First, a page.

March 24, 1998 6:15 PM PST
Net speaks out on "green paper"
Now it is up to DOC officials to wade through them and respond.
The following excerpted comments provide a small sampling of those comments, which have been edited for length, spelling, and grammar. All comments can be viewed in full on the Net.
Laina Raveendran Greene, Netizen, Singapore
Overall, the green paper moves in the right direction of transferring de jure "ownership" from the U.S. government to a not-for-profit international private entity. The green paper should, however, also openly acknowledge that de facto ownership lies with the rest of the world, and the green paper is about setting up a structure that better reflects the reality of the global and commercial Internet of today. It is time for the [Internet Assigned Numbers Authority] to evolve with evolving times.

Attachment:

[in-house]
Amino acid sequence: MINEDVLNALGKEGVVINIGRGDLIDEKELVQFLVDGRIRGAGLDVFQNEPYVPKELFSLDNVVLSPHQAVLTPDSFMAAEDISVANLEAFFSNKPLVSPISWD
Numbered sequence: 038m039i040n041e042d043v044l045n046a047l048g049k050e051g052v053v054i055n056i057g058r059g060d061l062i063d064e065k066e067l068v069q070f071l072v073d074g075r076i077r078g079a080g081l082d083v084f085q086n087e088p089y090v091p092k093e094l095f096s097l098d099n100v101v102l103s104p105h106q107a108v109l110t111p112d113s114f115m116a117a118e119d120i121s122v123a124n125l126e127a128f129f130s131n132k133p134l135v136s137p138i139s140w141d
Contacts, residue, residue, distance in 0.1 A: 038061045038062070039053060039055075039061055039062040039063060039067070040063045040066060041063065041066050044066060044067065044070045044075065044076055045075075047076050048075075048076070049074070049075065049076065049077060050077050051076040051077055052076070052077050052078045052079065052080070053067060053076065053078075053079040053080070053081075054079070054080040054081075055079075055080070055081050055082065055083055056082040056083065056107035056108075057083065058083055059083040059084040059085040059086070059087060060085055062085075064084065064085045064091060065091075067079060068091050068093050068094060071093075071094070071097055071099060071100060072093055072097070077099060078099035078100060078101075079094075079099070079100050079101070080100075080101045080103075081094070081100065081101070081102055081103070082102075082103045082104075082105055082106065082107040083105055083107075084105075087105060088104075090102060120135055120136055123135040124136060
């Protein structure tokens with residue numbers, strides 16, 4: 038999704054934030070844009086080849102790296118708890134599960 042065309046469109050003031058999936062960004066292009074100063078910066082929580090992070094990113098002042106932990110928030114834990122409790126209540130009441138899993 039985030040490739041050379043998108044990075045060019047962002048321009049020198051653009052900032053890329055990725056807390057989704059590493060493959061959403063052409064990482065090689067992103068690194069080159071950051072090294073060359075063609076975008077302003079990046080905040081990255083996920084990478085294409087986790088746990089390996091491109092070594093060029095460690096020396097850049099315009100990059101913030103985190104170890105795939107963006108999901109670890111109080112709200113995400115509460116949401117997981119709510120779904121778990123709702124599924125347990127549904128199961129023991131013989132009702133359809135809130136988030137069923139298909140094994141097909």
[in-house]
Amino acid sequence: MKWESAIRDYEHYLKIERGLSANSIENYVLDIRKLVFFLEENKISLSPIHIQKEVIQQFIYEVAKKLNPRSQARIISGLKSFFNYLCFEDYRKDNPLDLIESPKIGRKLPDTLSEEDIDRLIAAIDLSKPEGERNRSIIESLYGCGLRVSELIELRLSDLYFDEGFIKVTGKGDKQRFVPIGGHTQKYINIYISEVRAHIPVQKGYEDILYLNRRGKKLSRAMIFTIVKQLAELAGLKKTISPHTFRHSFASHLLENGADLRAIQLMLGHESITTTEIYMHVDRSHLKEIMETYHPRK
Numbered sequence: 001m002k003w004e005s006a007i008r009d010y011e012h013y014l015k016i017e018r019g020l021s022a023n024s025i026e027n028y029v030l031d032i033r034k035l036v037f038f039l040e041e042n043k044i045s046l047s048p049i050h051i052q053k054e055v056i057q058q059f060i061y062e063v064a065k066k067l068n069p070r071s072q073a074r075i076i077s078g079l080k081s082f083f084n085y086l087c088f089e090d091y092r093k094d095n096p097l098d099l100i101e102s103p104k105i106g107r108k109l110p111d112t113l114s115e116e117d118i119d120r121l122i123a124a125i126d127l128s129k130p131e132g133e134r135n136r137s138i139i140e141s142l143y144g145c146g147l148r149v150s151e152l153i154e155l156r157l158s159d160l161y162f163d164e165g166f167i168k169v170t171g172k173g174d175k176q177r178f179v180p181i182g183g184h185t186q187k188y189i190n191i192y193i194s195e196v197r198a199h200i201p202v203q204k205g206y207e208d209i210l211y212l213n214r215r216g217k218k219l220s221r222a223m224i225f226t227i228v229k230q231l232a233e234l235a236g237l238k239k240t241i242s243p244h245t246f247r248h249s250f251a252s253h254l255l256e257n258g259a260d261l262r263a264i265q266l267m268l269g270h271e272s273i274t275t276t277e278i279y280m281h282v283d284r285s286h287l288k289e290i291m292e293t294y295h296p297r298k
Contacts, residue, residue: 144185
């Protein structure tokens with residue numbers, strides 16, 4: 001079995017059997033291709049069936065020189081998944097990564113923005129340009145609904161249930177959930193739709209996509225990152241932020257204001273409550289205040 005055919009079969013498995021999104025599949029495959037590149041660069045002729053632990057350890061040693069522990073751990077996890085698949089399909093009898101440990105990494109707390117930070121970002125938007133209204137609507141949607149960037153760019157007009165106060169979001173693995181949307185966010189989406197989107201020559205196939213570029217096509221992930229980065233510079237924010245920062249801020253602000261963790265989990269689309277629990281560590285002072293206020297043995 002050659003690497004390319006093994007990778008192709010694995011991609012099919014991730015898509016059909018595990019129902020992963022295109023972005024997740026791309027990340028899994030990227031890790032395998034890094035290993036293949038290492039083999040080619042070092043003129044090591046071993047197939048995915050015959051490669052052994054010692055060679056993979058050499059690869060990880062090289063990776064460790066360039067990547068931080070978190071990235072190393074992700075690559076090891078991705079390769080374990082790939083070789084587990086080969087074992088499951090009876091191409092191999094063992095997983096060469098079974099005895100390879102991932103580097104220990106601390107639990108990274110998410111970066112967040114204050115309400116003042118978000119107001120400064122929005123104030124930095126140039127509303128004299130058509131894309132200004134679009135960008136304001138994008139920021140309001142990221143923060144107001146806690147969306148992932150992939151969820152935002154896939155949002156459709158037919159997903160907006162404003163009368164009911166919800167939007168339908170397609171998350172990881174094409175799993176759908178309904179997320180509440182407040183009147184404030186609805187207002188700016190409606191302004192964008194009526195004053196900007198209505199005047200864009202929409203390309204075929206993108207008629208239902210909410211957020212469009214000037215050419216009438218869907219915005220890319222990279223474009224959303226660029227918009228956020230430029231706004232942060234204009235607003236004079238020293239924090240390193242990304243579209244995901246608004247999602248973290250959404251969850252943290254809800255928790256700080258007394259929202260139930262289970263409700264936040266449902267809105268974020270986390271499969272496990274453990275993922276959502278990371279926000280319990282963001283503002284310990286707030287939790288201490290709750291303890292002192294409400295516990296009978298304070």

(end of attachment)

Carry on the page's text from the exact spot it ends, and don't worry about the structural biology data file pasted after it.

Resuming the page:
Roger Cochetti, program director, Policy & Business Planning, IBM Internet
IBM believes that the plan that is proposed in this docket is fundamentally sound. It provides for the transfer of all of the main administrative functions of the Internet to a new, internationally oriented, nonprofit organization no later than a specific date, and it would enable this new management organization to operate entirely within the private sector...It is important, as the green paper notes, that this transition of authority to the private sector be done with the widest possible international support and involvement, and in a way that: ensures the medium's stability; takes the fullest possible advantage of market forces; and protects legitimate intellectual property rights.
Internet Council of Registrars (CORE)